Conversely, the same holds true for imbedding medical concepts into training programs in public health, as was recently recommended by the Institute of Medicine.19 This is likely to be challenging, given the broad spectrum of graduate public health education and the multiple and divergent backgrounds of the student population. Nonetheless, despite its inherent complexity, this should be a high-priority challenge for the Association of Schools of Public Health and the Council on Linkages Between Academia and Public Health Practice. Cross-referencing the work of the Healthy People Curriculum Task Force for comparison within public health curricula is a logical starting point. Alternatively, some professional schools have utilized Medicine & Public Health: The Power of Collaboration, as a text for current courses (Roz Lasker, New York Academy of Medicine, written communication, March 2005).
Third, we renew the call for research into effective strategies that improve understanding and overcome barriers across the medicine–public health chasm. What methodologies enhance interaction, integration, partnership, or collaboration between the disciplines?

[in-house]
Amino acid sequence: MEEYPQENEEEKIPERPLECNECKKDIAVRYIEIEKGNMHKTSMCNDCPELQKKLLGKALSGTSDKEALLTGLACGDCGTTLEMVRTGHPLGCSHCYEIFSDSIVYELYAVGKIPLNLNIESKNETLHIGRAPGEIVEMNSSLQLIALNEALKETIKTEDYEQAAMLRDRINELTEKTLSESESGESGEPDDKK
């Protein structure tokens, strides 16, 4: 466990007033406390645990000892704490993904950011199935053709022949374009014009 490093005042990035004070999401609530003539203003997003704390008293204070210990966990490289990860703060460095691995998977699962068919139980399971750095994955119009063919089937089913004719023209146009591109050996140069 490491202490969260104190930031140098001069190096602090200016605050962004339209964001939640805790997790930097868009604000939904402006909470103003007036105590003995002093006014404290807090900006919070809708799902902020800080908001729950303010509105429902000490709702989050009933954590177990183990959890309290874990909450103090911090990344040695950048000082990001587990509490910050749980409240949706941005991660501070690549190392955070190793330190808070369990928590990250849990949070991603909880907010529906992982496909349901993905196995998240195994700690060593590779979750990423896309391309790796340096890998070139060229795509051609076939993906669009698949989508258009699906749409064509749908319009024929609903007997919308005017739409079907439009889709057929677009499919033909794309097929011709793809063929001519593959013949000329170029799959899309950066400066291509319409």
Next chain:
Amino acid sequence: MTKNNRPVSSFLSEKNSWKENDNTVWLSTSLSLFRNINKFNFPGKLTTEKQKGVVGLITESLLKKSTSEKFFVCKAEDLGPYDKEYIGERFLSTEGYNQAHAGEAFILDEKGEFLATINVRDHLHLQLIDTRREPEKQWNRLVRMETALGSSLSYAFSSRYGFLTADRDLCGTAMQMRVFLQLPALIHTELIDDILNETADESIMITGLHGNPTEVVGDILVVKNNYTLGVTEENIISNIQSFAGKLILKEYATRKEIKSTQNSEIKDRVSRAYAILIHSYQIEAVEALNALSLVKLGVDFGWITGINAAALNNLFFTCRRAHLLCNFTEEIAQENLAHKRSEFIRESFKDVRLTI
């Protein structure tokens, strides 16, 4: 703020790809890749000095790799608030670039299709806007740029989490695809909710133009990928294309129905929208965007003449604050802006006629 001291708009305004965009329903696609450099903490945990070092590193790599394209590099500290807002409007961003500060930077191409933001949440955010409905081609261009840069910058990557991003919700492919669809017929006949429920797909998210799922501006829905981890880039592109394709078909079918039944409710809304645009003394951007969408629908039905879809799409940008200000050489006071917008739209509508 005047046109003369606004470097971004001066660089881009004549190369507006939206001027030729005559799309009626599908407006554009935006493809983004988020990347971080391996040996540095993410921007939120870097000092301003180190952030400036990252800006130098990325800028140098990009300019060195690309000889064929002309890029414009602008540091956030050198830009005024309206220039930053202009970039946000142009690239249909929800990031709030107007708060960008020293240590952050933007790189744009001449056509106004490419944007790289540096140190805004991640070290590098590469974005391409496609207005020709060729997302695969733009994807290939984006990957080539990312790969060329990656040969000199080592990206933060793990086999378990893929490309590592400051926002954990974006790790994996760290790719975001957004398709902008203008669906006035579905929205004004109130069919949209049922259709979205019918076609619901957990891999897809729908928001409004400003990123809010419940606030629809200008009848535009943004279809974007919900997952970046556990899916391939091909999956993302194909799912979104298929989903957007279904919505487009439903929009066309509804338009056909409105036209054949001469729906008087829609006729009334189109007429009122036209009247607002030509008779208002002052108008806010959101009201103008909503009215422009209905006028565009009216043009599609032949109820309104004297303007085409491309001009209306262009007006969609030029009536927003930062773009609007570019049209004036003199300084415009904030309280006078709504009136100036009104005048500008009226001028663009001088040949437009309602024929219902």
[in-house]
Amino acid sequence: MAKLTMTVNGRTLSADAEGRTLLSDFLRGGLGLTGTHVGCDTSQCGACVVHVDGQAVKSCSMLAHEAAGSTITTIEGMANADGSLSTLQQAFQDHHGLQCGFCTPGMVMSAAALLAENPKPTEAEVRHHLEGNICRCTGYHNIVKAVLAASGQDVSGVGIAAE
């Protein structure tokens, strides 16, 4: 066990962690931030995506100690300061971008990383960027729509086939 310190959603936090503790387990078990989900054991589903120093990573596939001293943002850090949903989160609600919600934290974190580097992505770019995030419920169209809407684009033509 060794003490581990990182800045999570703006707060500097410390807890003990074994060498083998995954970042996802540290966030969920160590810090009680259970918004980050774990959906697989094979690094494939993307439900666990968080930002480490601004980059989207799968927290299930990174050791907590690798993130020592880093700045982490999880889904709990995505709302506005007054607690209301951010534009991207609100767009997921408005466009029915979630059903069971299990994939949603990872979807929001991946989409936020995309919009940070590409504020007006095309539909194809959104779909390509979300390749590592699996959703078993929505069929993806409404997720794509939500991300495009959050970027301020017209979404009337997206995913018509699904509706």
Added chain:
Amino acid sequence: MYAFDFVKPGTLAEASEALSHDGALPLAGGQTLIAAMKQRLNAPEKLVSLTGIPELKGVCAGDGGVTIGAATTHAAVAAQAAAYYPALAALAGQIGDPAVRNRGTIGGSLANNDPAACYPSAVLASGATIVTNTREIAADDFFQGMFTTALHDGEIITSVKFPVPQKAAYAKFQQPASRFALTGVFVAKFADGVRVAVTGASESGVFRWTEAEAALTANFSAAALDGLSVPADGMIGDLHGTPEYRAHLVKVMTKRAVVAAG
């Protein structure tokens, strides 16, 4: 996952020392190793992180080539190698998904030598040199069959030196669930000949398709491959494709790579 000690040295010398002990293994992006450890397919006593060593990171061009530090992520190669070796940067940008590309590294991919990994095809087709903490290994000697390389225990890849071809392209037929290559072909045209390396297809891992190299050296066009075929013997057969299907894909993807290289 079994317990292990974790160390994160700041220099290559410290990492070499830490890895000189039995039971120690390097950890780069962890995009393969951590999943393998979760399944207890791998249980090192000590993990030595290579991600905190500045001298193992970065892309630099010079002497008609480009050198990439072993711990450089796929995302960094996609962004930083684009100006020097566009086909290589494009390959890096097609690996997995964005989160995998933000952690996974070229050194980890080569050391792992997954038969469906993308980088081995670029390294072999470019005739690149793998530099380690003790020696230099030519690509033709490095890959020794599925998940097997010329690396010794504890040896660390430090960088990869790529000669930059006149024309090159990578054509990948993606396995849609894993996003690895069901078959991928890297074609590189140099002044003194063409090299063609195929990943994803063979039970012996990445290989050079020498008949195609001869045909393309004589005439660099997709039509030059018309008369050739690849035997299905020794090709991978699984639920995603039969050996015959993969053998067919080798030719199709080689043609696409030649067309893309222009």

Although important groundwork was laid by the New York Academy of Medicine, 4 considerable research remains to be completed in order to establish an evidence base for successful interaction. This may be promoted by revisiting early MPHI partnerships that have demonstrated sustained collaboration and success. Similarly, there is a need to explore optimal approaches to disseminating best practices, especially ones emerging from local communities employing innovative techniques to tackle long-standing problems. Schools of medicine and public health, in partnership with the practice community, would make excellent laboratories for such research. Although national leadership is crucial, local ownership and leadership are imperative as well. Our collective experience has shown us that efforts demonstrating added value to the community are rapidly embraced. It remains for the local medical and public health communities to translate the MPHI into meaningful action, whereby the lives and well being of our fellow citizens are measurably enhanced. Recent events have offered the opportunity to again strengthen the collaboration between medicine and public health. The contour of the future health landscape is our collective responsibility. Medicine and public health must together shape that vista.
The authors of this paper reported no financial conflict of interest.
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Am J Prev Med 2005;29(2)149-153 © 2005 American Journal of Preventive Medicine • Published by Elsevier Inc.